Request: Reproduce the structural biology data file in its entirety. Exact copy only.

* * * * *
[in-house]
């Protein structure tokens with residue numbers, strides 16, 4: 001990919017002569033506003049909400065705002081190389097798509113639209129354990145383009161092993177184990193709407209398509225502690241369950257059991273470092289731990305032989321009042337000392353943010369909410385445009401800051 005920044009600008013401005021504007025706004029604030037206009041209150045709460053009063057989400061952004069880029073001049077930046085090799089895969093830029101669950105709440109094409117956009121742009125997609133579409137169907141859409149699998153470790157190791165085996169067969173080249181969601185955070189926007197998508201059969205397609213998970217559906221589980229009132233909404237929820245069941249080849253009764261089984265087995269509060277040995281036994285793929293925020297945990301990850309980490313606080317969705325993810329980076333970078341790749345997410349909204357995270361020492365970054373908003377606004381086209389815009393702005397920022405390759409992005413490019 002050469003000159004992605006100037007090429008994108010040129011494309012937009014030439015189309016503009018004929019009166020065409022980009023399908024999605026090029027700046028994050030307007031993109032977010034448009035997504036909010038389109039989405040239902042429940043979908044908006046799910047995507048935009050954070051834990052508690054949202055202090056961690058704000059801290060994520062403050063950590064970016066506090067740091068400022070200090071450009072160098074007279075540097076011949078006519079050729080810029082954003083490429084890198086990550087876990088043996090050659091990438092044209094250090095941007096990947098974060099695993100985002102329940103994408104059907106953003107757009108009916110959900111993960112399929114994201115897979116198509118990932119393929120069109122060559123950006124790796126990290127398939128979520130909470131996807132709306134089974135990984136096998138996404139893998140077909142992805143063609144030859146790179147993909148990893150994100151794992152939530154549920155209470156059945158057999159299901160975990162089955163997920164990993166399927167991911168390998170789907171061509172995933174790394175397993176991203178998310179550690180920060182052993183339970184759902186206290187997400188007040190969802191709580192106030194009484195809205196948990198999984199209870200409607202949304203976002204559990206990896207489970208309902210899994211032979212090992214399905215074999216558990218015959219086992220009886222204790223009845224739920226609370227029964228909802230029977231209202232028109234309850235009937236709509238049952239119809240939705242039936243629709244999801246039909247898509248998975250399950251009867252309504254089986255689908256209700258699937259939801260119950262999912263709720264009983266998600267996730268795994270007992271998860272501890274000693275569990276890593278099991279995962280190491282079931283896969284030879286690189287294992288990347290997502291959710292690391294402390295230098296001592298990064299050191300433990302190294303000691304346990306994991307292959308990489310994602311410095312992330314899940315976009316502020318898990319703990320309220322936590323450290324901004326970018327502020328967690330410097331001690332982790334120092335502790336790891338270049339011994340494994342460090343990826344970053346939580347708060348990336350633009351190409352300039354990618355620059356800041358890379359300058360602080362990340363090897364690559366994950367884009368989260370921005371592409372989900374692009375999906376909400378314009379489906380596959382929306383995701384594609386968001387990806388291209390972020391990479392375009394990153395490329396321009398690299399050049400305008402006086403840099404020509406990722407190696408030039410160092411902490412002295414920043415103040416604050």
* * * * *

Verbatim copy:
[in-house]
């Protein structure tokens with residue numbers, strides 16, 4: 001990919017002569033506003049909400065705002081190389097798509113639209129354990145383009161092993177184990193709407209398509225502690241369950257059991273470092289731990305032989321009042337000392353943010369909410385445009401800051 005920044009600008013401005021504007025706004029604030037206009041209150045709460053009063057989400061952004069880029073001049077930046085090799089895969093830029101669950105709440109094409117956009121742009125997609133579409137169907141859409149699998153470790157190791165085996169067969173080249181969601185955070189926007197998508201059969205397609213998970217559906221589980229009132233909404237929820245069941249080849253009764261089984265087995269509060277040995281036994285793929293925020297945990301990850309980490313606080317969705325993810329980076333970078341790749345997410349909204357995270361020492365970054373908003377606004381086209389815009393702005397920022405390759409992005413490019 002050469003000159004992605006100037007090429008994108010040129011494309012937009014030439015189309016503009018004929019009166020065409022980009023399908024999605026090029027700046028994050030307007031993109032977010034448009035997504036909010038389109039989405040239902042429940043979908044908006046799910047995507048935009050954070051834990052508690054949202055202090056961690058704000059801290060994520062403050063950590064970016066506090067740091068400022070200090071450009072160098074007279075540097076011949078006519079050729080810029082954003083490429084890198086990550087876990088043996090050659091990438092044209094250090095941007096990947098974060099695993100985002102329940103994408104059907106953003107757009108009916110959900111993960112399929114994201115897979116198509118990932119393929120069109122060559123950006124790796126990290127398939128979520130909470131996807132709306134089974135990984136096998138996404139893998140077909142992805143063609144030859146790179147993909148990893150994100151794992152939530154549920155209470156059945158057999159299901160975990162089955163997920164990993166399927167991911168390998170789907171061509172995933174790394175397993176991203178998310179550690180920060182052993183339970184759902186206290187997400188007040190969802191709580192106030194009484195809205196948990198999984199209870200409607202949304203976002204559990206990896207489970208309902210899994211032979212090992214399905215074999216558990218015959219086992220009886222204790223009845224739920226609370227029964228909802230029977231209202232028109234309850235009937236709509238049952239119809240939705242039936243629709244999801246039909247898509248998975250399950251009867252309504254089986255689908256209700258699937259939801260119950262999912263709720264009983266998600267996730268795994270007992271998860272501890274000693275569990276890593278099991279995962280190491282079931283896969284030879286690189287294992288990347290997502291959710292690391294402390295230098296001592298990064299050191300433990302190294303000691304346990306994991307292959308990489310994602311410095312992330314899940315976009316502020318898990319703990320309220322936590323450290324901004326970018327502020328967690330410097331001690332982790334120092335502790336790891338270049339011994340494994342460090343990826344970053346939580347708060348990336350633009351190409352300039354990618355620059356800041358890379359300058360602080362990340363090897364690559366994950367884009368989260370921005371592409372989900374692009375999906376909400378314009379489906380596959382929306383995701384594609386968001387990806388291209390972020391990479392375009394990153395490329396321009398690299399050049400305008402006086403840099404020509406990722407190696408030039410160092411902490412002295414920043415103040416604050």